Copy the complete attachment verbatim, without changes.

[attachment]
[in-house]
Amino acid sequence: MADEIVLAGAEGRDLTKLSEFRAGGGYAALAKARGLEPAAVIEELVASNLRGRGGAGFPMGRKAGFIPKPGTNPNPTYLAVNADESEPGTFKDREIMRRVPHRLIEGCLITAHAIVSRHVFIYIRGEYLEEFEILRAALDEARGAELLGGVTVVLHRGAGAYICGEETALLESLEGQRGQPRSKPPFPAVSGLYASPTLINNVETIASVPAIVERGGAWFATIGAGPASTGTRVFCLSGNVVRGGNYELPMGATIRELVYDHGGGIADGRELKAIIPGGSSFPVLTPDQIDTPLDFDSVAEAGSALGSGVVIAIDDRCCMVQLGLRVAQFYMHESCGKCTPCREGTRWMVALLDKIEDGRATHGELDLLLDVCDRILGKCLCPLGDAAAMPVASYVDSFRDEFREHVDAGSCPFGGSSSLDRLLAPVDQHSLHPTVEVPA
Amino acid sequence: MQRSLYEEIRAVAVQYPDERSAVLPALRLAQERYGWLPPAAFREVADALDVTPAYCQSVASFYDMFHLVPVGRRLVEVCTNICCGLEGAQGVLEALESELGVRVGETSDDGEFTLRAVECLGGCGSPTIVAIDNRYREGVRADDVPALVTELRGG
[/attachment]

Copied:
[in-house]
Amino acid sequence: MADEIVLAGAEGRDLTKLSEFRAGGGYAALAKARGLEPAAVIEELVASNLRGRGGAGFPMGRKAGFIPKPGTNPNPTYLAVNADESEPGTFKDREIMRRVPHRLIEGCLITAHAIVSRHVFIYIRGEYLEEFEILRAALDEARGAELLGGVTVVLHRGAGAYICGEETALLESLEGQRGQPRSKPPFPAVSGLYASPTLINNVETIASVPAIVERGGAWFATIGAGPASTGTRVFCLSGNVVRGGNYELPMGATIRELVYDHGGGIADGRELKAIIPGGSSFPVLTPDQIDTPLDFDSVAEAGSALGSGVVIAIDDRCCMVQLGLRVAQFYMHESCGKCTPCREGTRWMVALLDKIEDGRATHGELDLLLDVCDRILGKCLCPLGDAAAMPVASYVDSFRDEFREHVDAGSCPFGGSSSLDRLLAPVDQHSLHPTVEVPA
Amino acid sequence: MQRSLYEEIRAVAVQYPDERSAVLPALRLAQERYGWLPPAAFREVADALDVTPAYCQSVASFYDMFHLVPVGRRLVEVCTNICCGLEGAQGVLEALESELGVRVGETSDDGEFTLRAVECLGGCGSPTIVAIDNRYREGVRADDVPALVTELRGG